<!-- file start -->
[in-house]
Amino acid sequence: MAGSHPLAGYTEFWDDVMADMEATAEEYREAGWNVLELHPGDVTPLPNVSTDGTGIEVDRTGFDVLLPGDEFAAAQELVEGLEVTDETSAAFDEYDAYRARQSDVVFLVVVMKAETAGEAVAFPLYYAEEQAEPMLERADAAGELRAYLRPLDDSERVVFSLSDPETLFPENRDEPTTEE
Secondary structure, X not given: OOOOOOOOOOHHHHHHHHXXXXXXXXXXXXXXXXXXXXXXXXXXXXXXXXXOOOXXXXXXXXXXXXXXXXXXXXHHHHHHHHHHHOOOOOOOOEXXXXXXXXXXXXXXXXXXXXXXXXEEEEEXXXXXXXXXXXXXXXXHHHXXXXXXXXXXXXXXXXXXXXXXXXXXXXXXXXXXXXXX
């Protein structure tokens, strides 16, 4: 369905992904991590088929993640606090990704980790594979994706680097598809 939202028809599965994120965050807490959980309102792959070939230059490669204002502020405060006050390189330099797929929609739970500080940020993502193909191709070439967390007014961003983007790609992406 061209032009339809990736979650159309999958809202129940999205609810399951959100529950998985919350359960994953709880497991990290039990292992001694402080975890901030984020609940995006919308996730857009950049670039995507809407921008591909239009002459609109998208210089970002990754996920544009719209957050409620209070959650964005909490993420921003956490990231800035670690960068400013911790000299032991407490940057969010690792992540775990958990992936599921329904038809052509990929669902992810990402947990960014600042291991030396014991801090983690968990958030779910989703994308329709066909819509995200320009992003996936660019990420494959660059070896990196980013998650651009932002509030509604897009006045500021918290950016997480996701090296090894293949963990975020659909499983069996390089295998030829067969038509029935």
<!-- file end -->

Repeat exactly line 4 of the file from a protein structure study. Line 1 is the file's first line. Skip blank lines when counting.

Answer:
């Protein structure tokens, strides 16, 4: 369905992904991590088929993640606090990704980790594979994706680097598809 939202028809599965994120965050807490959980309102792959070939230059490669204002502020405060006050390189330099797929929609739970500080940020993502193909191709070439967390007014961003983007790609992406 061209032009339809990736979650159309999958809202129940999205609810399951959100529950998985919350359960994953709880497991990290039990292992001694402080975890901030984020609940995006919308996730857009950049670039995507809407921008591909239009002459609109998208210089970002990754996920544009719209957050409620209070959650964005909490993420921003956490990231800035670690960068400013911790000299032991407490940057969010690792992540775990958990992936599921329904038809052509990929669902992810990402947990960014600042291991030396014991801090983690968990958030779910989703994308329709066909819509995200320009992003996936660019990420494959660059070896990196980013998650651009932002509030509604897009006045500021918290950016997480996701090296090894293949963990975020659909499983069996390089295998030829067969038509029935």